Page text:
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The song, Under Pressure, which appeared on the Queen album Hot Space, evolved from a jam session the band had with David Bowie at its studio in Montreux, Switzerland, therefore it was credited as co-written by the five musicians. According to Queen bassist John Deacon (as quoted in a French magazine in 1984), the song's primary musical songwriter was Freddie Mercury, though all contributed to the arrangement.

There has been some confusion about who created the song's famous bassline. John Deacon said (in Japanese magazine Musiclife in 1982, and in the previously mentioned French magazine) that David Bowie had created it. In more recent interviews, Queen guitarist Brian May and drummer Roger Taylor have credited the bass riff to Deacon; Bowie also said on his website that the bassline was already written before he became involved. In any case, the September 2005 edition of online music magazine Stylus singled out the bassline as the best in popular music history.

In 1999, a set of remixes of "Under Pressure" was commisioned as a single, with the so-called 'RAW Mix' as the main single version. The artists were credited as Queen + Bowie (or Queen / Bowie on some versions), in similar fashion to Queen collaborations prior and following this single (with Five, Wyclef Jean and Paul Rodgers, to name a few). The remix single was issued to promote the album "Greatest Hits III", which mainly featured collaborations, Queen hits released after Mercury's passing away and solo material by both Freddie and Brian. The "Under Pressure" single embarked on the holiday season of '99 by the inclusion of the non-album Christmas song "Thank God It's Christmas" and the classic 1975 version of "Bohemian Rhapsody" as B-sides. The updated version of "Under Pressure" maintains to be one of Queen's most successful remixes, far ahead of reworked mixes of "We Will Rock You", "Flash", and "Another One Bites The Dust", although the original version's usually being played on the radio. Quite remarkable was the video to "Under Pressure '99", which, for the first time, showed Queen and Bowie perform the song together (although this was accomplished through clever editing, rather than actual performance footage). The orginal 1980 music video was made using old motion picture footage and does not feature the artists.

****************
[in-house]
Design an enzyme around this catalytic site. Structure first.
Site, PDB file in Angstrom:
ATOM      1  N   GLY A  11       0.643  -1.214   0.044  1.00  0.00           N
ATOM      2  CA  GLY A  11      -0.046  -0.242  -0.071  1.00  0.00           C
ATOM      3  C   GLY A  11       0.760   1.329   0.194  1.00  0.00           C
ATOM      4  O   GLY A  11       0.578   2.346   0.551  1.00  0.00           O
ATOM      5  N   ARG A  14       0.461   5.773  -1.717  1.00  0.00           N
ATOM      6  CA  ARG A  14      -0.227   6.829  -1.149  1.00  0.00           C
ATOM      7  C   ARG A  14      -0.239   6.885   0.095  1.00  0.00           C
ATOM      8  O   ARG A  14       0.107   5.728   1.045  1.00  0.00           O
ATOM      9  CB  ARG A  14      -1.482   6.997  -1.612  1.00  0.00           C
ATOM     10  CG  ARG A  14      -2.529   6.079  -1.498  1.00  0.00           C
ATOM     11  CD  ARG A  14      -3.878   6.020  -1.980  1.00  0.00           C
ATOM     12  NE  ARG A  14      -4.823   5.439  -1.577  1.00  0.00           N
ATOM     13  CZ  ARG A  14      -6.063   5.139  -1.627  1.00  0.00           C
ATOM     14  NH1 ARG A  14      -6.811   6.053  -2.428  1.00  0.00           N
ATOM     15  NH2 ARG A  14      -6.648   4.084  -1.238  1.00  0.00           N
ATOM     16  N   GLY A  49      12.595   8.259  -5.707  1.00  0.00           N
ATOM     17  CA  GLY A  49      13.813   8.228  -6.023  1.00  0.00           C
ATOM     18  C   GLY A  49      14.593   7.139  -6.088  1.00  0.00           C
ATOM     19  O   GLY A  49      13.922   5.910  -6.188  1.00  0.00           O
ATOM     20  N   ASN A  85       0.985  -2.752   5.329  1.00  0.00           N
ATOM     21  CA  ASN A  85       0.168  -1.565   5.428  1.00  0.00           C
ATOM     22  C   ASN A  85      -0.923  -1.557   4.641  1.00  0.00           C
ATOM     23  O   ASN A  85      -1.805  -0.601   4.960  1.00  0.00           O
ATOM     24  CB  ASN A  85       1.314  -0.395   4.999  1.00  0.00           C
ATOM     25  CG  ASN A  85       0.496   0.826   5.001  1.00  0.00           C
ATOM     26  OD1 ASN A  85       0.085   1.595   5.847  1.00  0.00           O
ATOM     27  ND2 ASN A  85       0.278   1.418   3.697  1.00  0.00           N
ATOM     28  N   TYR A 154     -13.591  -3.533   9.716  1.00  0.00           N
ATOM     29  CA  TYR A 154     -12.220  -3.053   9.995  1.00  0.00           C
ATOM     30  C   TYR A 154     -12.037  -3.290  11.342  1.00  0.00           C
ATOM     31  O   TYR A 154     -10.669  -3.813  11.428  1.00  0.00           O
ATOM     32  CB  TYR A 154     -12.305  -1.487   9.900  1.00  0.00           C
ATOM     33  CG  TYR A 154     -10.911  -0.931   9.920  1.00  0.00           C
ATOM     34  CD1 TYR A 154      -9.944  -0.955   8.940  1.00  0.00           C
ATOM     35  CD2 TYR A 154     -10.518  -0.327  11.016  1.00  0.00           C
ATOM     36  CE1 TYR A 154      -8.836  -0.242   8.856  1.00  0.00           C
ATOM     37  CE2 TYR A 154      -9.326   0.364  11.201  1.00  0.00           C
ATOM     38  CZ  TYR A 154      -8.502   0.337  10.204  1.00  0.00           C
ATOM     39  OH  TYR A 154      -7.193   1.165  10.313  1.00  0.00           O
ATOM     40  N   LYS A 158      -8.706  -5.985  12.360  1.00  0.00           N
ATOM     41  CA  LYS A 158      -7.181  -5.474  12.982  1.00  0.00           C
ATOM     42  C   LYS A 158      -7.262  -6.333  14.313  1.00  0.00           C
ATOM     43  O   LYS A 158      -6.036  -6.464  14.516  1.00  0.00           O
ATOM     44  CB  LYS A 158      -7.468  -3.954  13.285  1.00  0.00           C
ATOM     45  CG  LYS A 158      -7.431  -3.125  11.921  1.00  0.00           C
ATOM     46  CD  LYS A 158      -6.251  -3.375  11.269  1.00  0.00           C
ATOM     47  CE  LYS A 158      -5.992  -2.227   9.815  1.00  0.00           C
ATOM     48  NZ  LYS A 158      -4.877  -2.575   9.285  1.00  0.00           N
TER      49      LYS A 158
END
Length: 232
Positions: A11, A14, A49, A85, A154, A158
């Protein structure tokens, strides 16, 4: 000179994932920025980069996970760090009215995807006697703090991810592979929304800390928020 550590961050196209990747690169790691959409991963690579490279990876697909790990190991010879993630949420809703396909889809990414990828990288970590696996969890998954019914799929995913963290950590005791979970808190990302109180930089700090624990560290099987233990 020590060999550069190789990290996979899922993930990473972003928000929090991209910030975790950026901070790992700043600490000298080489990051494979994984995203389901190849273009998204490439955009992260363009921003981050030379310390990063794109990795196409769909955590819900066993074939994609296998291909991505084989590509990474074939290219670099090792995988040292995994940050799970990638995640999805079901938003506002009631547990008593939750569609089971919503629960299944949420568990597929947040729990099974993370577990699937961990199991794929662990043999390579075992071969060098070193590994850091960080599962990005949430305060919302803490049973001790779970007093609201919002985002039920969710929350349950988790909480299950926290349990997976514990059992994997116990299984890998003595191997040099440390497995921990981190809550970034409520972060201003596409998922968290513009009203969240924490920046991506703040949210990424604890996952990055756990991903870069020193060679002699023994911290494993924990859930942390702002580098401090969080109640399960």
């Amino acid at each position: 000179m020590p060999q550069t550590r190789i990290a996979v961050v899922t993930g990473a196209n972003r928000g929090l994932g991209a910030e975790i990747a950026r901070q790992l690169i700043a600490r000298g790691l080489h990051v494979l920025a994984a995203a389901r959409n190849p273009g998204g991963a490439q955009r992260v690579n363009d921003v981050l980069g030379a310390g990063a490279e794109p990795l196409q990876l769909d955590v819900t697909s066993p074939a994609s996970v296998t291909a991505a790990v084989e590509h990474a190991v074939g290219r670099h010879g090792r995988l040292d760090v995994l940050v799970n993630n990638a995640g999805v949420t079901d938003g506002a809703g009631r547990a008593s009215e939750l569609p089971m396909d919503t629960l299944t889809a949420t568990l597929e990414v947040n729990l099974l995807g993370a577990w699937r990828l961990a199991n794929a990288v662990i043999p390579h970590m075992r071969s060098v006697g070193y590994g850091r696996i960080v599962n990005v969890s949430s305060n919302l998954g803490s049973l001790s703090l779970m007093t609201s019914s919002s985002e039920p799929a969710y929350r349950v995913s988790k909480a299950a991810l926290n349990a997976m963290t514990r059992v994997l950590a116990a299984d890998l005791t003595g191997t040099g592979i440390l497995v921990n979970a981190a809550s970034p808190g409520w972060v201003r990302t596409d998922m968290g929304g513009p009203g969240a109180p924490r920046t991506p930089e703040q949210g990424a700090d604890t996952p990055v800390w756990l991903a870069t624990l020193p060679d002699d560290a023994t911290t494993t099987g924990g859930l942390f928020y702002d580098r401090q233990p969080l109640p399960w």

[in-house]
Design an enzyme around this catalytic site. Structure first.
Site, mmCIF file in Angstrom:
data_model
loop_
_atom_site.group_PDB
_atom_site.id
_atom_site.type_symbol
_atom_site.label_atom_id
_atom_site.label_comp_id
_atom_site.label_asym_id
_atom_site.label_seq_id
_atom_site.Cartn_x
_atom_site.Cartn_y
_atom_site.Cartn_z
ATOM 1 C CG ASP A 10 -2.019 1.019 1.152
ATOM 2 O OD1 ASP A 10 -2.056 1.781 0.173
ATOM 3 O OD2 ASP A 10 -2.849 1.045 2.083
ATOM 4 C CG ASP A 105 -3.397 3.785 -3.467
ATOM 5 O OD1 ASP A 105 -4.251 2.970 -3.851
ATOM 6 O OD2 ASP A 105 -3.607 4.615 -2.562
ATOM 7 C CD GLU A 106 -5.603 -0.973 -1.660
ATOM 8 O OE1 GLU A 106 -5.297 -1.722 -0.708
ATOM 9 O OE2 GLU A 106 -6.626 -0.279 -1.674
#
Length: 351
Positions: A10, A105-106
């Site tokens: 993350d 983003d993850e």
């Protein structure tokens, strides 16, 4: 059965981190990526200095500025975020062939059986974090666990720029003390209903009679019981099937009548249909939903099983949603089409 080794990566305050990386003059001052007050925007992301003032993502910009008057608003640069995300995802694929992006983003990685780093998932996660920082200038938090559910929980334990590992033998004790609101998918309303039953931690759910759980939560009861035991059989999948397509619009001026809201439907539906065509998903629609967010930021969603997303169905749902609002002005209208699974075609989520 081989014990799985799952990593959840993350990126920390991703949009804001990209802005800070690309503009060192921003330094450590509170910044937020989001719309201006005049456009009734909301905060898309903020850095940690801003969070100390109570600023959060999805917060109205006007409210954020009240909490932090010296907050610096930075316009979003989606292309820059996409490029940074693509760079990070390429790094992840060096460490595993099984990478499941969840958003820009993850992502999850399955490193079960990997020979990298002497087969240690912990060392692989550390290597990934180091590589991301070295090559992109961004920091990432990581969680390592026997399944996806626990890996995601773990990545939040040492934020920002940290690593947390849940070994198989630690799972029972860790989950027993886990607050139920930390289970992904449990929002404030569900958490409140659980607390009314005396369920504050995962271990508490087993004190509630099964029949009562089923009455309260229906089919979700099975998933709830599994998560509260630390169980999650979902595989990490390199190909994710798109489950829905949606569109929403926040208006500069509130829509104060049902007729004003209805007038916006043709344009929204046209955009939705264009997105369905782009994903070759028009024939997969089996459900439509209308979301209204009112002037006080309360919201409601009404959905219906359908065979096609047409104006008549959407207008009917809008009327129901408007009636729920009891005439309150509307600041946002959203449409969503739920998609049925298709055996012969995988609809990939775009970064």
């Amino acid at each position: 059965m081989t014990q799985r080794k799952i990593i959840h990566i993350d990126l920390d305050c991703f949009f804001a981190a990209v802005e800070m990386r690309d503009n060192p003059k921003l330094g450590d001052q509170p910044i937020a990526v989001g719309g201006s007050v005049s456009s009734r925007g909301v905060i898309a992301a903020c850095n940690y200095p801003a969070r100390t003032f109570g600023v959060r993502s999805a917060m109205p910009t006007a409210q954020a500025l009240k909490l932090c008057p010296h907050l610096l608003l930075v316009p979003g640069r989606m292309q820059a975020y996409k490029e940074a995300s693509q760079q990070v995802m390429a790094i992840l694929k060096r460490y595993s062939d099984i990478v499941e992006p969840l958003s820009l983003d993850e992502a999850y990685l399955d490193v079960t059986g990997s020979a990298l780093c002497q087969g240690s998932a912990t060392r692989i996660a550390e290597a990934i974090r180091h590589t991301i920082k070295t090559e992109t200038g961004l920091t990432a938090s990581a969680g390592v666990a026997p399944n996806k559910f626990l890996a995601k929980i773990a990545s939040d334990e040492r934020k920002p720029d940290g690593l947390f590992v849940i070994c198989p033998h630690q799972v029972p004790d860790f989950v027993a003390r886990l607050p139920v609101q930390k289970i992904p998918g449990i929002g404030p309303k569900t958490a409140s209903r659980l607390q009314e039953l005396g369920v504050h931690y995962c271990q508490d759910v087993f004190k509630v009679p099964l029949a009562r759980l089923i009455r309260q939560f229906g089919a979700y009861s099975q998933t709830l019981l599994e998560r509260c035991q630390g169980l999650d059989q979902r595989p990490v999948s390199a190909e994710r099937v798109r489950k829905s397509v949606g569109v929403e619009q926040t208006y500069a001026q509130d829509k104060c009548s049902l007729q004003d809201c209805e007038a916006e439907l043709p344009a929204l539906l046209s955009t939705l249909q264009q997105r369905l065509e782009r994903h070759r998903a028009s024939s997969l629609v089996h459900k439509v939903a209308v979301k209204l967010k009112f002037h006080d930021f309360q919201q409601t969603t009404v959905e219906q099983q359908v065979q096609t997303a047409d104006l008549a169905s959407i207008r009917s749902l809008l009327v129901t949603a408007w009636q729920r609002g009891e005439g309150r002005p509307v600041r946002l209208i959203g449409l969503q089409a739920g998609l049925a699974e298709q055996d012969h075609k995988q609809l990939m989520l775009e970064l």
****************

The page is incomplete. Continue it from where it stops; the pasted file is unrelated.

Rapper Vanilla Ice sampled this song without permission for his biggest hit, the commercially successful Ice Ice Baby. His response to criticism relied upon the addition of one note not present in the original. No lawsuit was filed, but the band has said that Vanilla Ice settled out of court with Queen and Bowie.

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